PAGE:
Vote on Closing Pro-Netanyahu Paper Postponed

Knesset will vote on Israel Hayom Bill next Wednesday, after it is discussed in the Ministerial Committee for Legislation.

Arutz Sheva Staff ,

Yisrael Hayom distributor (file)
Yisrael Hayom distributor (file)
Israel news photo: Flash 90

The Knesset will vote next Wednesday on a bill dubbed the Israel Hayom Law, which is intended to bring about the closure of Israel Hayom, a freebie newspaper that broke the ultra-leftist monopoly on mainstream print news when it began coming out in 2007. The vote was originally scheduled for today but postponed by one week after Coalition Chairman Ze'ev Elkin (Likud) and other faction heads agreed to let it be debated first in the Ministerial Committee for Legislation.

According to Walla! News, the bill is expected to enjoy the support of coalition factions Yesh Atid, Hatnua and Yisrael Beytenu.

The bill is intended to bring about the closure of the freebie newspaper that broke the ultra-leftist monopoly on mainstream print news when it began coming out in 2007.

The paper is handed out at train stations and on the streets, and depends on advertising for its income. It is owned by US businessman Sheldon Adelson, who is considered close to Prime Minister Binyamin Netanyahu.

Unlike its mainstream competitors, it is not prone to hounding the prime minister, making insulting comments about him, or writing damaging exposes about his wife's character. 

Nationalists note that the paper also tended to be soft on Netanyahu when he froze construction  in Judea and Samaria, released terrorist murderers, and demolished Jewish hilltop communities. 

Critics say the paper fails the test of democratic journalism and serves the government in a way reminiscent of dictatorships, while operating at a large loss. Jewish Home Chairman Naftali Bennett has gone so far as to slam the nationalist paper with the label "Pravda," in a reference to the official mouthpiece of the Soviet Union.

Many Jewish Home voters are dismayed by their party's co-sponsorship of the bill, which risks bringing the nation back to the times in which all mainstream print media was ultra-leftist in character. However, inside sources in the party have claimed the support is meant to put pressure on Netanyahu for political purposes, and that the party's MKs will probably withdraw their support at the last minute.

Labor MK Eitan Cabel (Labor) has informed the Knesset Secretariat that he is considering presenting the "Israel Hayom bill" to the Knesset for a preliminary reading on Wednesday. Should the bill ultimately passed, it would prohibit the free distribution of newspapers in Israel.

Cabel told Israel Hayom he was still undecided as to whether to present the bill on Wednesday or postpone it until a later date, because he still wanted to consult with other co-signatories.

Coalition officials have tried persuading the bill's co-creators – MKs Robert Ilatov (Yisrael Beytenu), Ayelet Shaked (Jewish Home), and Elazar Stern (Hatnua) – not to present it to the Knesset today, but rather wait a week for the Ministerial Committee for Legislation, which convenes on Sunday, to formulate the government's position on the bill.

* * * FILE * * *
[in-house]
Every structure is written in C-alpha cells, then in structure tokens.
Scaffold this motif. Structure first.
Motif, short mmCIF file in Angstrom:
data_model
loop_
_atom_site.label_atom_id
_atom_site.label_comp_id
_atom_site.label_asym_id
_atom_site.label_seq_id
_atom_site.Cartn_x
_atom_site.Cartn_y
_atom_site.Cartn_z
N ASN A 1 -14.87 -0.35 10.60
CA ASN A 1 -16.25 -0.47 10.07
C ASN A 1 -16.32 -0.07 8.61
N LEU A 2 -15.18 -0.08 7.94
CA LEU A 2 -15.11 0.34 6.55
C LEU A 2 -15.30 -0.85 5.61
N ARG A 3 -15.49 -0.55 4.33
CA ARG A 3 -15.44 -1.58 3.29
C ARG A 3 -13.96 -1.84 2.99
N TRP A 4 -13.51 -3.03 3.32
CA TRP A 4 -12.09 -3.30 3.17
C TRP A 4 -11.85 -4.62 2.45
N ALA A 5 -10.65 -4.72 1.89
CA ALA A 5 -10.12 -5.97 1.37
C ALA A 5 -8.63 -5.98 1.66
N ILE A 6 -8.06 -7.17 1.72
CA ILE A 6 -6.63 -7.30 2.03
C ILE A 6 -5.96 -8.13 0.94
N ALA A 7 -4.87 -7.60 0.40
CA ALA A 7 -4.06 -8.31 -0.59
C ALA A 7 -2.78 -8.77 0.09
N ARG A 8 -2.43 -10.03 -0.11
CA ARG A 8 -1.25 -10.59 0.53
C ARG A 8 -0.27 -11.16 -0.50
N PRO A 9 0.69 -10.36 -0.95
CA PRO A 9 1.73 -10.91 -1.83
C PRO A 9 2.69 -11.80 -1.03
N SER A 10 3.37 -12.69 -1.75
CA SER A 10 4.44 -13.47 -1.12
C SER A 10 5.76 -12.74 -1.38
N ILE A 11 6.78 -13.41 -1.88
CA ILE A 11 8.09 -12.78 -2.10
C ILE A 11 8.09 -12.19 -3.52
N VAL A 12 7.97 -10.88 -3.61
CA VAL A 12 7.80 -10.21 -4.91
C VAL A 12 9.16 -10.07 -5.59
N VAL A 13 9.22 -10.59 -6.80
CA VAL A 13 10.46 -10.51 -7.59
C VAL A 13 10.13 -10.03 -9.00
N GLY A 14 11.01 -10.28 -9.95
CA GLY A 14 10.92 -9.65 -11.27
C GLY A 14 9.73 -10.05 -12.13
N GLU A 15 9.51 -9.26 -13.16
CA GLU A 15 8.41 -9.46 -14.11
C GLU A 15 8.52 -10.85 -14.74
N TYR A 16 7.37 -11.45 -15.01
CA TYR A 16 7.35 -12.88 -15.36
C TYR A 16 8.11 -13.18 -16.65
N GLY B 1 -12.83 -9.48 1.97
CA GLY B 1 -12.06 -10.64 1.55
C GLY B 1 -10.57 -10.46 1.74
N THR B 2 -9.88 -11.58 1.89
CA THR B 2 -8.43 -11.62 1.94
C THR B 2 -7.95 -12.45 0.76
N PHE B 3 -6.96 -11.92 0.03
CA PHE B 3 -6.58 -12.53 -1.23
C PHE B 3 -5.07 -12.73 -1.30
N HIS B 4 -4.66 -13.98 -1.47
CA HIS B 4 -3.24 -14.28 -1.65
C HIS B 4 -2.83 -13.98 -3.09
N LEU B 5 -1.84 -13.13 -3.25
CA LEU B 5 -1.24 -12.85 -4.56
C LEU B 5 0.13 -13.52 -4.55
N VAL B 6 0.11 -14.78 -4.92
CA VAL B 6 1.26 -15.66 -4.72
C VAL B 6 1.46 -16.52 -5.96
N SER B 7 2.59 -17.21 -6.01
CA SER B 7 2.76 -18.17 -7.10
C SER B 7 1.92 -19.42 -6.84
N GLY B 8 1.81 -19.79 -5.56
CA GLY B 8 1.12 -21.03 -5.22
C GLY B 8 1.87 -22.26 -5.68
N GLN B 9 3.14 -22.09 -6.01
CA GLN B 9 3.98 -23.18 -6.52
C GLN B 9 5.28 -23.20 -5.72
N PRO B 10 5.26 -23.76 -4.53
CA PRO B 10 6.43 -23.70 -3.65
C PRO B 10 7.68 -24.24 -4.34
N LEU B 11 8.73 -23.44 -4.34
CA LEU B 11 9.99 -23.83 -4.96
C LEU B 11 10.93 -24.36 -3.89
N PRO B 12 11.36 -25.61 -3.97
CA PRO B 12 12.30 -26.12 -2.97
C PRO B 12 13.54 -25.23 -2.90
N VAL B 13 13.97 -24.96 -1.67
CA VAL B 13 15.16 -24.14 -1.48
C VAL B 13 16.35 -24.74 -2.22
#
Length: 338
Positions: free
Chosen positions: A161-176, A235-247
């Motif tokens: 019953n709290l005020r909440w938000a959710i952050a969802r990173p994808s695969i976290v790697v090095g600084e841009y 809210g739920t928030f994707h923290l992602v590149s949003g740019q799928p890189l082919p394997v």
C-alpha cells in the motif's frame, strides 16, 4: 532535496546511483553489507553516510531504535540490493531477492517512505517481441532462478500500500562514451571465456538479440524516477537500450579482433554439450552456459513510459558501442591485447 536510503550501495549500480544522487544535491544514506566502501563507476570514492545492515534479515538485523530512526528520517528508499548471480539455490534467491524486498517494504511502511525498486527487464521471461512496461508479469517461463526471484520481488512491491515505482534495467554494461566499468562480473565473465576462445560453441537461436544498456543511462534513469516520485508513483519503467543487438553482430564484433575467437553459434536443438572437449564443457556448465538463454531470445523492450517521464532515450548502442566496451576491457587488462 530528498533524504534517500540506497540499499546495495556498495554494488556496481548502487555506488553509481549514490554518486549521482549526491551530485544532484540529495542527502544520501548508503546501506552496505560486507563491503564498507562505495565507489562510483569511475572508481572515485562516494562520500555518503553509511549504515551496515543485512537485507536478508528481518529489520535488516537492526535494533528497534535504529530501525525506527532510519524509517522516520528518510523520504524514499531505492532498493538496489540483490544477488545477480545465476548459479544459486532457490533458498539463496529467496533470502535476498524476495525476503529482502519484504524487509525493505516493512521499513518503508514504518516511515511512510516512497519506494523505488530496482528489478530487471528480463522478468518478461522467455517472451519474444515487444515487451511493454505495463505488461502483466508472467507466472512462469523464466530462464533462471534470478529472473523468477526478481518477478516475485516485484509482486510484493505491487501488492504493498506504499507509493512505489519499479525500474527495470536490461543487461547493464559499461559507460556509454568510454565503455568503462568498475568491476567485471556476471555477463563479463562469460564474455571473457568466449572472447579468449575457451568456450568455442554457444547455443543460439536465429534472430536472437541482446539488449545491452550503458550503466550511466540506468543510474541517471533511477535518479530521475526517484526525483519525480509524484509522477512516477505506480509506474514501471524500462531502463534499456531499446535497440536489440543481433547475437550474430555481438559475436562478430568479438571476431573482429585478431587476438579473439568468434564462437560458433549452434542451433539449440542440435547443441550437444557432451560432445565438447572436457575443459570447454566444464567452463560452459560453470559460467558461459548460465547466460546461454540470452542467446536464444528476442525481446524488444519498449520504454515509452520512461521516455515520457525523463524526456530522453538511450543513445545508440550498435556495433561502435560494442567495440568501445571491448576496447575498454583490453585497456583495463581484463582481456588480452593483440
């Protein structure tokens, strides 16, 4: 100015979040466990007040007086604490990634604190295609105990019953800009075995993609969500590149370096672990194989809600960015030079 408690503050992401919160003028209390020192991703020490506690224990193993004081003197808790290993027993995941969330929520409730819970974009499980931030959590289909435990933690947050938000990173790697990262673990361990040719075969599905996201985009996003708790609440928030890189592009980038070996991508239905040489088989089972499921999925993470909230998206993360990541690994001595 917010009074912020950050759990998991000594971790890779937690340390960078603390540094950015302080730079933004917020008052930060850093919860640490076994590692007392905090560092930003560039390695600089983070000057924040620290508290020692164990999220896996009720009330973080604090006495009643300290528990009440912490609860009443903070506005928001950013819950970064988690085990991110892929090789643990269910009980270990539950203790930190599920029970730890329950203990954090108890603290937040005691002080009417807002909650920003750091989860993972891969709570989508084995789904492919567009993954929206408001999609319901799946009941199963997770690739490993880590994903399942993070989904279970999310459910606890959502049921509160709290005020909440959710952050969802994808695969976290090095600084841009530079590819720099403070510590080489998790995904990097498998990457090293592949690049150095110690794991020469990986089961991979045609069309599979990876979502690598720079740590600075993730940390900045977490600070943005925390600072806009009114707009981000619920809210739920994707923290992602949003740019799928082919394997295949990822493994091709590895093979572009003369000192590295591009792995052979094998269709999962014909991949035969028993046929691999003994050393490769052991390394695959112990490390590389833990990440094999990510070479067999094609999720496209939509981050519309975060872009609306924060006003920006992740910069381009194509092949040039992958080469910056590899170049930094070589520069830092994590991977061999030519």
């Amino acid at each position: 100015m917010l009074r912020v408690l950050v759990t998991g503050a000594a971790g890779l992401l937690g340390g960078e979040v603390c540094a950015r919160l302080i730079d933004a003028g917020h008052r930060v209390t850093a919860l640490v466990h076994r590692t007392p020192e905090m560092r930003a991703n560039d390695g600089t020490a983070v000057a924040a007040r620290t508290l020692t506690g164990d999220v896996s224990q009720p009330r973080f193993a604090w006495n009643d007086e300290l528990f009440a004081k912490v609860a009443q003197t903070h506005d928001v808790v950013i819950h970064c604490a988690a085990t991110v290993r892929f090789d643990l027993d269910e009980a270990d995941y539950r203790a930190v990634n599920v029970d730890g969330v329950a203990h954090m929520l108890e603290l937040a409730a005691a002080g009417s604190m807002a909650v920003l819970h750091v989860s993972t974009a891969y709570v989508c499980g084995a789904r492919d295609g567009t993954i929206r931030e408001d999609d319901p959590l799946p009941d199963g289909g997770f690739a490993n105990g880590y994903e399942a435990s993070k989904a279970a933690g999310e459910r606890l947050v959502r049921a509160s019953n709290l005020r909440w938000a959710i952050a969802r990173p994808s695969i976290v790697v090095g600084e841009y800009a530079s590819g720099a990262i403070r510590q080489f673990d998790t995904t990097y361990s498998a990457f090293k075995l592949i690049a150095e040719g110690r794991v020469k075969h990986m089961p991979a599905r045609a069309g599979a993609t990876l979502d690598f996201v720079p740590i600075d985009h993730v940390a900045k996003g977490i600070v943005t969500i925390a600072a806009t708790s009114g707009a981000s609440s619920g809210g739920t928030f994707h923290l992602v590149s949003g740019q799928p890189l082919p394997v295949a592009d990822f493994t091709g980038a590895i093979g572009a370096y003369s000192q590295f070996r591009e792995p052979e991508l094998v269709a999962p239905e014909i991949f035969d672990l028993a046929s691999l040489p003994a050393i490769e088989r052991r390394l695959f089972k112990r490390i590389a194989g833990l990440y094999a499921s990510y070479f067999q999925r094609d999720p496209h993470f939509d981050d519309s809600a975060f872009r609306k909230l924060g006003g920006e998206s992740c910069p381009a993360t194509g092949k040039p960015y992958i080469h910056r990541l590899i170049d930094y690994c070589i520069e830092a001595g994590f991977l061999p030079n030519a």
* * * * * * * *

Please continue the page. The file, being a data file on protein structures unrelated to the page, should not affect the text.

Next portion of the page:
MKs Yoel Razvozov‎ (Yesh Atid) and Yitzhak Vaknin (Shas), who had originally signed the bill, asked the Knesset Secretariat to remove their names from it, reported Israel Hayom Tuesday.

According to a senior coalition official, "Even when there are arguments and disagreements, even extreme ones, the Knesset's normal rules of conduct need to be maintained without overstepping boundaries. Those who overstep these rules need to keep in mind that next time they may find themselves on the other side of the fence."

Yesh Atid wants delay 

Channel 10 News reported Monday that the Yesh Atid party had also asked MK Cabel to delay presenting the bill.

Israel Hayom reported that Cabel has apparently decided to bypass the Ministerial Committee for Legislation, due to concerns the bill will not secure the required majority vote there.

Government regulations stipulate that when an MK proposes a bill but has chosen to bypass the Ministerial Committee for Legislation, the coalition members are required to oppose it. Several Knesset sources, however, predicted to Israel Hayom that some members of the coalition parties will still vote in support of the bill.

The bill's stated purpose is "to advance and strengthen the printed press in Israel and to ensure equal conditions for real and fair competition between newspapers."

The bill defines a free daily newspaper as one that is distributed six days a week, contains at least 30 pages on weekdays and 100 pages on weekends, and it applies only to the four newspapers with the highest circulation in Israel, whatever they may be at a given time. The lowest-priced newspaper of the four cannot cost less than 70% of the second-lowest-priced paper, according to the bill.

“Coincidentally, the bill's definition of a free newspaper only 'fits' one newspaper in Israel, which is Israel Hayom. The Israel Post, for example, is only distributed five days a week,” noted Israel Hayom.

Call forwarding to the PM's office

Israel Hayom newspaper on Tuesday urged its readers to phone and e-mail the office of MK Cabel in mass numbers, and "voice their displeasure over the bill he authored and which would limit the distribution of free newspaper."

Cabel, however, fought back against the newspaper’s campaign - by having the phone calls forwarded to the Prime Minister’s Office. 

According to Walla! News, in the afternoon hours, Netanyahu’s office became fed up with the flood of phone calls and sent a Knesset technician to Cabel’s office so that he would cancel the call forwarding.